New York – In a recent wrinkle in the IPO market, firms are going public before having a company to take public. The financial vehicle that lets this happen is called a SPAC – Special Purpose Acquisition Company. According to an article in Monday’s Wall Street Journal (Acquisition Vehicles Gather Stream, 6/18/07), there have been 30 SPACs listed this year for a total of $3.5 billion. If this rate keeps up, the SPAC market will double from last year’s total, when there were 40 SPACs listed for a total of $3.4 billion. Additionally, the average deal size has increased from an average of $84.5 million to $115.9 million. The largest SPAC so far was the December 2006 listing of Freedom Acquisition Holdings Inc., which raised $528 million.
How they Work
In a SPAC, money is raised from investors and the SPAC is listed on an exchange. SPACs (also know as blank check companies) are empty shells that are looking for appropriate companies take public via an IPO. The SPAC then uses the proceeds from the IPO to buy shares of the new public company.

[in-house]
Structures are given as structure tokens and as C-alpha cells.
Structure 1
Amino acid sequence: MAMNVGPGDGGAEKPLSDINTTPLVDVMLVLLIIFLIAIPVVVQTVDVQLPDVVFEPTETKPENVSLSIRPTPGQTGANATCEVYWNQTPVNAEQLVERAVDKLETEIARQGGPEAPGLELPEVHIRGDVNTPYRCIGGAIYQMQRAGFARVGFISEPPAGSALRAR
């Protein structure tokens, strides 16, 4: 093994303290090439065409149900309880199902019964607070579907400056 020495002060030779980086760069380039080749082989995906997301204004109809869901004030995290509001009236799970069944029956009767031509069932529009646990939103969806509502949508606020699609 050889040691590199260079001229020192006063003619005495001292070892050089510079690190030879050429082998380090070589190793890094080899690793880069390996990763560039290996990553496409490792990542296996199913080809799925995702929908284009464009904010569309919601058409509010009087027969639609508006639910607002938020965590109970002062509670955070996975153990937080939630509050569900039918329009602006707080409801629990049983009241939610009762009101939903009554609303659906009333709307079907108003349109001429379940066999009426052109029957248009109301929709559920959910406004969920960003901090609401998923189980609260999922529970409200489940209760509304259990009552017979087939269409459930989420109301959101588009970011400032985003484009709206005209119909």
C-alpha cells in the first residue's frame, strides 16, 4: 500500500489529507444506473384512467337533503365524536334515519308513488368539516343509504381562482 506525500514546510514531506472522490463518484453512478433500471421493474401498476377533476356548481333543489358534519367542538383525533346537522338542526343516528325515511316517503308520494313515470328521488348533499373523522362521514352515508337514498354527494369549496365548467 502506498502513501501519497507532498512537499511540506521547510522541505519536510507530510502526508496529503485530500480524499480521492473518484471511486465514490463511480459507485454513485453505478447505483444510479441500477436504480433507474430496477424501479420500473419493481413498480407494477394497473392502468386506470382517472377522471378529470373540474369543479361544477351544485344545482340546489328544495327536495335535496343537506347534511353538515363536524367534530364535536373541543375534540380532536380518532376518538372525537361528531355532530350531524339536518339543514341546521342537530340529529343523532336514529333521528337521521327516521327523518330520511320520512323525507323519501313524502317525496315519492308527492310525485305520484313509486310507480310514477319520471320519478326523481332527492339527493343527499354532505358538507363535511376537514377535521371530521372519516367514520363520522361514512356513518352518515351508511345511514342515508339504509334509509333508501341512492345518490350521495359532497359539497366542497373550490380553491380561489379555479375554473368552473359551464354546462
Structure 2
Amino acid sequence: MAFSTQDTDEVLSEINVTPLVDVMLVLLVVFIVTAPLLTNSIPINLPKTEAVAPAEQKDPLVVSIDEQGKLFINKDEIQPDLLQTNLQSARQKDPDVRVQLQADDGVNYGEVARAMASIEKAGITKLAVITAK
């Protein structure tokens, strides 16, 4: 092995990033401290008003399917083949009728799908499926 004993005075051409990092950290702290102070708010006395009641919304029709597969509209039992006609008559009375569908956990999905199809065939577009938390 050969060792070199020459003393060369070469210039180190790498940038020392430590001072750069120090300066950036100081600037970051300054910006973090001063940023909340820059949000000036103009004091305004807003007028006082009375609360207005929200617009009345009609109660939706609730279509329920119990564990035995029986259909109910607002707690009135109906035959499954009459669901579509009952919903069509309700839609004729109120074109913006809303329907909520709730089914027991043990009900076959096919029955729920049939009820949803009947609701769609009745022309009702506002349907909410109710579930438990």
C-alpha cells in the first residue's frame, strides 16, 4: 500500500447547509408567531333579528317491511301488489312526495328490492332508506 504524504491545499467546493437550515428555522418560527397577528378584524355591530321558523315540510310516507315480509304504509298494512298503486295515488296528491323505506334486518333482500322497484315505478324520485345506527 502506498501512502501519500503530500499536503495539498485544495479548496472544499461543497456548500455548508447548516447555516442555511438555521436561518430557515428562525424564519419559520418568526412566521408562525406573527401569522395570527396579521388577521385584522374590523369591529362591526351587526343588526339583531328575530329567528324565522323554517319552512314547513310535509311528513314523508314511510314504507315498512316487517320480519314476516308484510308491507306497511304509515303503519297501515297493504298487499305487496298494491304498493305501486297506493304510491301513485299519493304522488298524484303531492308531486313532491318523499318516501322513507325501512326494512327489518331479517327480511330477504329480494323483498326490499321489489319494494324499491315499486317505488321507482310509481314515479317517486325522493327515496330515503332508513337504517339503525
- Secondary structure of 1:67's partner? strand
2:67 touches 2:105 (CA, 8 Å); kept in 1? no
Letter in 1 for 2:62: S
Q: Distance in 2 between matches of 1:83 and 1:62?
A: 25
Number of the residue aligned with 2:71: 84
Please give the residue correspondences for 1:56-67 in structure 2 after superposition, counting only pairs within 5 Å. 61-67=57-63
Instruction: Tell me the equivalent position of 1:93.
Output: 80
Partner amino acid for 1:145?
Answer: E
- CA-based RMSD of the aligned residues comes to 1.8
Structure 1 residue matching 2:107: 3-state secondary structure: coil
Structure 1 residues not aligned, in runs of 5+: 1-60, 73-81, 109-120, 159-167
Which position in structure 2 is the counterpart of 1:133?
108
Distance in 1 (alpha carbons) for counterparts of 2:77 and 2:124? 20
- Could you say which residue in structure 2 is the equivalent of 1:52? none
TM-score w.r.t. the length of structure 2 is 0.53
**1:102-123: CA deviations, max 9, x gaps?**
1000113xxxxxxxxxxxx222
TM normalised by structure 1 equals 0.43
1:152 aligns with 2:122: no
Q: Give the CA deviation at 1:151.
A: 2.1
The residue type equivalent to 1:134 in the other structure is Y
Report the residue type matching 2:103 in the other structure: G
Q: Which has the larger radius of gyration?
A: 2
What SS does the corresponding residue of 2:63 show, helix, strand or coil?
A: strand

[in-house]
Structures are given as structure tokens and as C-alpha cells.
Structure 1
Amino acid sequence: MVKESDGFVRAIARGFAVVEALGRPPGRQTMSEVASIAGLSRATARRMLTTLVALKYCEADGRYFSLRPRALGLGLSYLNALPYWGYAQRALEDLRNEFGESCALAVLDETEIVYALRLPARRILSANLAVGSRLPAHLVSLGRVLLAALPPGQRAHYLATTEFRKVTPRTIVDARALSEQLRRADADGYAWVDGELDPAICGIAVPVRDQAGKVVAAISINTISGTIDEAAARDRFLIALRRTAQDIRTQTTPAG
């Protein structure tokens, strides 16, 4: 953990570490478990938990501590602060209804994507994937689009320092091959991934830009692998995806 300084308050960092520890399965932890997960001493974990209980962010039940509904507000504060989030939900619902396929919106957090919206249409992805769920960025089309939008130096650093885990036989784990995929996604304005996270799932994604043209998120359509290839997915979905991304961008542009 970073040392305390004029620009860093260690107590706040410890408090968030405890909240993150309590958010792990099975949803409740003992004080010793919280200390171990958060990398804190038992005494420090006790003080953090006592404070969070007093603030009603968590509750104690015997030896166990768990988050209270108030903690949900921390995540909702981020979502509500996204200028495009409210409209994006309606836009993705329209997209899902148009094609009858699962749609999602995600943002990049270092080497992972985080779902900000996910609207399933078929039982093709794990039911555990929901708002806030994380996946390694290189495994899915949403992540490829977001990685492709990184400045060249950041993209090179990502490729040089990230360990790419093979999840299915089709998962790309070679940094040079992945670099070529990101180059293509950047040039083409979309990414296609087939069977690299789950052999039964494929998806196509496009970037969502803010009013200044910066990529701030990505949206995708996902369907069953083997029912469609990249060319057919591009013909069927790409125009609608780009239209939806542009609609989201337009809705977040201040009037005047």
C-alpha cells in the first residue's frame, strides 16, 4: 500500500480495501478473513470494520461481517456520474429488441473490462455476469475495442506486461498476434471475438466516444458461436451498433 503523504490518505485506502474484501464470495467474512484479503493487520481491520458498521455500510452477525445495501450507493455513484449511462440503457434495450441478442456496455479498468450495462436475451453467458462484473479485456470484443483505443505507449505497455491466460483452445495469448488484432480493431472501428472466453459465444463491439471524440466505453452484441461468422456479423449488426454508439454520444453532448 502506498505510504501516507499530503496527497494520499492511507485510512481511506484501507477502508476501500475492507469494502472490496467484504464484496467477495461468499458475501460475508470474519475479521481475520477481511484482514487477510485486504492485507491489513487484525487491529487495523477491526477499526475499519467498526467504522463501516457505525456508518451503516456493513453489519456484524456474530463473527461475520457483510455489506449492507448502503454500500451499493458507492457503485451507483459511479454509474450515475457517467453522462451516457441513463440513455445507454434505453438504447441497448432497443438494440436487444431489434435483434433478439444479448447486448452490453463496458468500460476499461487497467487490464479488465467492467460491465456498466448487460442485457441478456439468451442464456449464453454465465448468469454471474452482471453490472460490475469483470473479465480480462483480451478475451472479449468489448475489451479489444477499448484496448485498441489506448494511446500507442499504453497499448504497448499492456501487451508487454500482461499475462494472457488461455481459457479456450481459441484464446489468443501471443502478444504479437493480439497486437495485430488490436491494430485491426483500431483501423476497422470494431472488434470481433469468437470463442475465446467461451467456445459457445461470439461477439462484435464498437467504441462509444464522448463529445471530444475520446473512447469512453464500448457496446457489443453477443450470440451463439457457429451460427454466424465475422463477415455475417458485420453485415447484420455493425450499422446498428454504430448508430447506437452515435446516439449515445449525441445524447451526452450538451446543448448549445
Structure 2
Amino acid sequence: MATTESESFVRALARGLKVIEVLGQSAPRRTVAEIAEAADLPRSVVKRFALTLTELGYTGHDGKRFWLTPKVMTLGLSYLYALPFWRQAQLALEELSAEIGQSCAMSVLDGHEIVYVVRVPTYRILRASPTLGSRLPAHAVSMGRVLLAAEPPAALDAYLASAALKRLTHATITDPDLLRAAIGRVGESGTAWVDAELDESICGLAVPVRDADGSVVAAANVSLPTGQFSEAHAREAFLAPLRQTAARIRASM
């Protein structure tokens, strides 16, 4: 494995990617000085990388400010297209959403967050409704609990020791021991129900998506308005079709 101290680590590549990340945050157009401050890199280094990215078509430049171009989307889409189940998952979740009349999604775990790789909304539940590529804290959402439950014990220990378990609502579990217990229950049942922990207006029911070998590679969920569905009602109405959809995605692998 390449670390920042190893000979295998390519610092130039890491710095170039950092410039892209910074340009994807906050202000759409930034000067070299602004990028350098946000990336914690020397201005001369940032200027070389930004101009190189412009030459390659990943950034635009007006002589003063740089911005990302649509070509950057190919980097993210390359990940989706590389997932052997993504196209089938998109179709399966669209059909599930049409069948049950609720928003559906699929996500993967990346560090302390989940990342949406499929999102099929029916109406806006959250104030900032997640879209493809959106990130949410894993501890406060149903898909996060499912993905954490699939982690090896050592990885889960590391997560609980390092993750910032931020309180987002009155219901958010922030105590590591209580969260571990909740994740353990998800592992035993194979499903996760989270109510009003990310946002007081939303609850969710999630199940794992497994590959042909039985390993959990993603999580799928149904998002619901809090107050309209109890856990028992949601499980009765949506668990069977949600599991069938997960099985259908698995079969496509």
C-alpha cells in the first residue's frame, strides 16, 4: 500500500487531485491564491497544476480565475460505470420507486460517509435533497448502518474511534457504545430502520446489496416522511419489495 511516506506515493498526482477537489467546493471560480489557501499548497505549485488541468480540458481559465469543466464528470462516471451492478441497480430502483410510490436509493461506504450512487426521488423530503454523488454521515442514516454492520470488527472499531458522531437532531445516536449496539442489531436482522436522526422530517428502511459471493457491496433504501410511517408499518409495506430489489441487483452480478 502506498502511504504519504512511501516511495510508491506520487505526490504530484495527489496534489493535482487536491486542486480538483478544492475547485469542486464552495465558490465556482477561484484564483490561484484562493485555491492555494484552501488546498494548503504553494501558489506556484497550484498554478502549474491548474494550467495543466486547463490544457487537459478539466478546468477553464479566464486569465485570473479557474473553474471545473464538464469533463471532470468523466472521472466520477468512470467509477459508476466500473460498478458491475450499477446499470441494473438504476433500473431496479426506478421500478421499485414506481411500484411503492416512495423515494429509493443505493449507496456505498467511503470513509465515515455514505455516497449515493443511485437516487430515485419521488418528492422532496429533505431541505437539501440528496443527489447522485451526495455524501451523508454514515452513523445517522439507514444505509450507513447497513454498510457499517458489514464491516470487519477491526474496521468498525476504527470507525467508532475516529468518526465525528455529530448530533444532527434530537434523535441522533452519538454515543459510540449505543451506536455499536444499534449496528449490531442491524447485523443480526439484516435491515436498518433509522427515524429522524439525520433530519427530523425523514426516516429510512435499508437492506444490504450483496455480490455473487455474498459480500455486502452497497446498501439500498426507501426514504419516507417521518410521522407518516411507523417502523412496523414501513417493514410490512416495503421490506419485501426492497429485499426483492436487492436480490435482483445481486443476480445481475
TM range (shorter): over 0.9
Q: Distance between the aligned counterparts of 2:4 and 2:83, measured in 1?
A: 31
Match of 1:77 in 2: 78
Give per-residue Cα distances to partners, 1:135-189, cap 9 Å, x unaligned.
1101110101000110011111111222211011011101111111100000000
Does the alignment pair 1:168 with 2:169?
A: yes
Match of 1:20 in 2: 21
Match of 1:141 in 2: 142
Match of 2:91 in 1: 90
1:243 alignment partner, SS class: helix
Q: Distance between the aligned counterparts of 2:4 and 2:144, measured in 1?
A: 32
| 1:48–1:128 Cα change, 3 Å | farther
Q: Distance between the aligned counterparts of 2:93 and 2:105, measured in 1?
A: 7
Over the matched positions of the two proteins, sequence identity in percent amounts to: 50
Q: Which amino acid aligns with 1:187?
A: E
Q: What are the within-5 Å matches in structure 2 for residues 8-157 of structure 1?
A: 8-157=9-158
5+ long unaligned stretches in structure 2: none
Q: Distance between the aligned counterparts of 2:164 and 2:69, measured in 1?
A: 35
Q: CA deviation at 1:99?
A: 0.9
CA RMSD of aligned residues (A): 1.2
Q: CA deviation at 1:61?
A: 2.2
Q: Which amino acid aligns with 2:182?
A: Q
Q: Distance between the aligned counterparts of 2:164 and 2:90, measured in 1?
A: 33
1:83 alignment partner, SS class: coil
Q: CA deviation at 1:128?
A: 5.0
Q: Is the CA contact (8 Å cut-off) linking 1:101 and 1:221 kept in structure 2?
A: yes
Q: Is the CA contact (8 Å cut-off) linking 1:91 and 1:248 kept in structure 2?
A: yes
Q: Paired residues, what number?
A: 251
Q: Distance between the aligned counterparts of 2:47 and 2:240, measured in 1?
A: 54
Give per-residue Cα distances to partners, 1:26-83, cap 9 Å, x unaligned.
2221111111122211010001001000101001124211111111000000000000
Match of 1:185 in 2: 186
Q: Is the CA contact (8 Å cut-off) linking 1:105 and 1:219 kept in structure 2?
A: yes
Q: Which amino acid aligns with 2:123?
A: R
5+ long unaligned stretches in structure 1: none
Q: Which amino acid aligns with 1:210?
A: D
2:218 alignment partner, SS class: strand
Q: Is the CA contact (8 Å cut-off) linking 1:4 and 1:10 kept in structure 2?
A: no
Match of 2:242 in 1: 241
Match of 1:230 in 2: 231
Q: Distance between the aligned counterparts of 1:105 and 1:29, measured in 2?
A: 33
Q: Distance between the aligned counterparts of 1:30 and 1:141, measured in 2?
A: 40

While investors in the SPAC initially do not know what company will be recommended, they have the right to vote on the proposed company prior to the IPO. As a result, there may be situations where no company is found, or where the one suggested does not receive enough votes to proceed.
After the SPAC is listed, there is a pre-defined timeline (generally between 1 and 2 years) within which it must find a target IPO company. As such, there are three potential paths for the SPAC, with two outcomes: 1) the SPAC may not find an appropriate company and the funds will be returned to the holders along with a return of capital; 2) the investors may vote down the proposed IPO candidate and the funds will be returned to the holders along with a return on capital; 3) the SPAC is approved, the company is taken public, and the holders purchase the stock of the newly public company.
Where to Get Research on SPACs
In terms of the analysis surrounding a SPAC, from its listing to its eventual IPO or demise, there is only one research company that comes to mind that is focused solely on this area. SPAC Analytics is run by Neil Danics and has a service that tracks SPACs from cradle to vote.
IPO analysis firms or analysts also have a grip on the valuation of an IPO, but they typically have expertise at valuing private companies that have already chosen to execute an IPO. As such, their sweet spot is probably after the target has been recommended and prior to the vote. Alternative research firms that have expertise in the IPO space include: IPO Financial, Renaissance Capital and IPO Value Monitor.